Coming soon to a departures board near you
Well it seems that winter is well on the way. How do I know? Well it’s not so much the slightly colder/wetter weather than it is the fact that I got delayed on my commute to and from work nearly every day last week. Monday on the way home took 2.5 hours (that does include a stop at the pub as every train was cancelled for the next 45 minutes! Still…) and to top it off on Thursday I got the station a minute early only to find the stupid great lump of metal pulling off!!! So had to wait another 20 minutes for the next one. And yep you guessed it: that one turned up 5 minutes late just to rub salt in the wounds.
I admit this is all very First World Problems, but it is annoying nonetheless that a bit of rain and wind can seemingly cripple the public transport network with such ease. It doesn’t bode for the next few months does it!? It also annoys me that I could do my job from home practically every day if I really wanted to, yet this is still frowned upon by most companies. I would go into the office most of the time if I could choose, but 1 or 2 days at home per week would be much more palatable; especially when weather is bad and the roads / public transport networks are congested. Imagine if most companies who’s workers could work remotely were allowed to on this basis, it would take the pressure off the transport networks considerably, meaning a nicer commute for the rest of those that have to go in!*
Anyway, as if you didn’t know already, here are some more reasons why your commute can be totally toxic to your health and life:
1. Delays disrupt your plans.
You don’t get much time for “real life” as it is do you? A few hours each evening, if that, after cooking, eating and doing household bits n bobs. As mentioned above I was severely delayed on Monday so went to the pub to pass the time. OK, this was ultimately my decision but there is not much else to do apart from sit in the cold and wet at my station, so it seemed like the sensible option. My original plan was to go home, go for a run, and eat a healthy and cheap home cooked meal, so this delay was both detrimental to both my health, time and wallet! Likewise if you have plans for socialising, you will be late or have to cancel.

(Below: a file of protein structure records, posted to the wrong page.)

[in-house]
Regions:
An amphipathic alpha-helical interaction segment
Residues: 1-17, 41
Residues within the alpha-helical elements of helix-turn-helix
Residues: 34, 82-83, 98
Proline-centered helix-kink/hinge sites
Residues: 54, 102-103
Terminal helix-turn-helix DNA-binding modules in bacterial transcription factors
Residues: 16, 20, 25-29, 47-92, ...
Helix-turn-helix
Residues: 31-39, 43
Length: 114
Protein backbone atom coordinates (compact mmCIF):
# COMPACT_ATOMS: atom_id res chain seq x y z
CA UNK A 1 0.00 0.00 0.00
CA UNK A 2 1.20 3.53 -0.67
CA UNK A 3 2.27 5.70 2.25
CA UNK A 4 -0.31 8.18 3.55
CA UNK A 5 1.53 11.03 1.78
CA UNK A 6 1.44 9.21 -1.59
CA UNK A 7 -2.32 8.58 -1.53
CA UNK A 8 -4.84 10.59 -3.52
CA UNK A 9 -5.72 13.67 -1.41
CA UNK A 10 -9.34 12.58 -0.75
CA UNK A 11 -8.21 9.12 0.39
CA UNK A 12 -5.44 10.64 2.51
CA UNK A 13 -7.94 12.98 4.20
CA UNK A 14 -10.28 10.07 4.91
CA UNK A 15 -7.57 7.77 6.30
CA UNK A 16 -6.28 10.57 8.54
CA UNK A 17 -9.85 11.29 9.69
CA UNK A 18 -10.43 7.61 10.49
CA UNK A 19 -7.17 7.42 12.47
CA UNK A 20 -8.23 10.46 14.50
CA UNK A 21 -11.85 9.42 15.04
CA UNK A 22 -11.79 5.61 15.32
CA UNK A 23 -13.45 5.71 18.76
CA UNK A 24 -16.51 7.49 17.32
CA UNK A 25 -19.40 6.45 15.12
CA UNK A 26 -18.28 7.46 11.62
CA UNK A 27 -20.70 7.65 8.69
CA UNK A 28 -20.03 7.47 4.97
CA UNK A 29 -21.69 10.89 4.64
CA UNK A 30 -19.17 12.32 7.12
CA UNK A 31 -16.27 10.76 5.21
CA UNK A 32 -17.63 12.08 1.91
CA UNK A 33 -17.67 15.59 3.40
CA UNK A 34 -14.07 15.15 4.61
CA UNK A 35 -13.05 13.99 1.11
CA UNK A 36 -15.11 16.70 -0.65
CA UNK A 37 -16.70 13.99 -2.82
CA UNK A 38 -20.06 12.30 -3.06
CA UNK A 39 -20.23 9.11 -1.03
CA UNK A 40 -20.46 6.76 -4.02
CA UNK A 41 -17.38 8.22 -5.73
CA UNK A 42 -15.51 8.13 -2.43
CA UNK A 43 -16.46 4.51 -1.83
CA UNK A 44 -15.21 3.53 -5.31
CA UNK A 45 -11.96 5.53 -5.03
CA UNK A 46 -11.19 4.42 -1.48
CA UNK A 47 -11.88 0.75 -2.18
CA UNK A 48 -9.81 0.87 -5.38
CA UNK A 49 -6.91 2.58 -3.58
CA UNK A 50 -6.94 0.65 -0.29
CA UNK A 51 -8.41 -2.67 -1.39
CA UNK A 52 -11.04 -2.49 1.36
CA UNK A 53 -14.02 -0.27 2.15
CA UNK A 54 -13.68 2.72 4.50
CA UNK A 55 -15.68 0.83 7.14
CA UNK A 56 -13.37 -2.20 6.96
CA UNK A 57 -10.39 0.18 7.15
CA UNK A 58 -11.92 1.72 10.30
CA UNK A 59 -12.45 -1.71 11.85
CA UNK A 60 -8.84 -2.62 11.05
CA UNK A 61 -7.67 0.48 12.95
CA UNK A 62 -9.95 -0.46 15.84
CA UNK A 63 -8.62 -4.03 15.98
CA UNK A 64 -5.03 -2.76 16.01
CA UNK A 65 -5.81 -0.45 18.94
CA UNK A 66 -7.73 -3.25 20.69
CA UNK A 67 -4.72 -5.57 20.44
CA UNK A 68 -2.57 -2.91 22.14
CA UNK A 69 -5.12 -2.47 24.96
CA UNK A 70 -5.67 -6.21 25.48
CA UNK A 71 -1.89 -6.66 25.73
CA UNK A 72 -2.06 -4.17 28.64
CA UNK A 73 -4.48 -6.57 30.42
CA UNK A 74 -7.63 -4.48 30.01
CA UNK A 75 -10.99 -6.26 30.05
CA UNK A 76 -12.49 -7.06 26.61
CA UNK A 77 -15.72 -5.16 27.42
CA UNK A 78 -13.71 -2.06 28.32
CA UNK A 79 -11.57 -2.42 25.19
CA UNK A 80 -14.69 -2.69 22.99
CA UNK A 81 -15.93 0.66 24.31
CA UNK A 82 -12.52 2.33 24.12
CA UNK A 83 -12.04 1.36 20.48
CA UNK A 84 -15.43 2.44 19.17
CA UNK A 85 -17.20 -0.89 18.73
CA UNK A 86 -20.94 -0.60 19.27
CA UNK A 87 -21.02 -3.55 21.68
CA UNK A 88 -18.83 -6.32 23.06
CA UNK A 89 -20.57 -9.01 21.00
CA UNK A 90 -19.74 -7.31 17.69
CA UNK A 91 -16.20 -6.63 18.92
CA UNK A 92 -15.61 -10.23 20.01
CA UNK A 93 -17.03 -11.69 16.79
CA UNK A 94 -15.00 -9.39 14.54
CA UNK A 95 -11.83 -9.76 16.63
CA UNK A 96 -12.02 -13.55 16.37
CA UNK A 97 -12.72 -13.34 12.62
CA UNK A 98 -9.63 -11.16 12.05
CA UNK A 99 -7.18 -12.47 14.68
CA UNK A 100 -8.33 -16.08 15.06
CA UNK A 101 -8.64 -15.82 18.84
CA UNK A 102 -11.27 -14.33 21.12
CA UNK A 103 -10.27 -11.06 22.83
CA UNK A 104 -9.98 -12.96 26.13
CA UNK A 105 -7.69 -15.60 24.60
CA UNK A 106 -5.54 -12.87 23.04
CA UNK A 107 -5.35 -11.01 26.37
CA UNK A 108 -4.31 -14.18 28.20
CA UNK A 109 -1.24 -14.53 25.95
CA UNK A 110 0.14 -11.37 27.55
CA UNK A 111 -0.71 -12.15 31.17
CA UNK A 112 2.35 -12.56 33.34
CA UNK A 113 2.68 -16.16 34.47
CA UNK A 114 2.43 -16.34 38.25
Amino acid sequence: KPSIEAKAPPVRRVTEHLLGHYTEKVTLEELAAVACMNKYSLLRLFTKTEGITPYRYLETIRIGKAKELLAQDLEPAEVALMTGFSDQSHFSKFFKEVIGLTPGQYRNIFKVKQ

2. It lowers your effectively hourly rate
This should be fairly self explanatory so I’ll just show you a working out of how drastically it lowers my hourly rate.
Base Salary per hour: £18.90
Cost of Train Ticket: ~£3000
Extra hours “wasted”: Approx 2.5 per day (on a very good run!)
Hourly rate taking into cost and time of commuting: £13.02
Base salary is after tax based on 37.5 hours per week (I normally work more but it’s fine for this demonstration)
Commuting rate is calculated thus: ( £36,866 – £3,000 ) / ( (37.5 + ( 2.5 * 5) ) * 52)
So I could take a job with a zero commute for nearly £6/hour less and the trade off between time and money would work out the same. How crazy is that?! Of course you could well argue that if I wasn’t get up to commute at 6:30am, then I most probably would lay in bed for an extra hour rather than doing something productive, and you would almost certainly be correct, but I think you get the general point I’m trying to make! 🙂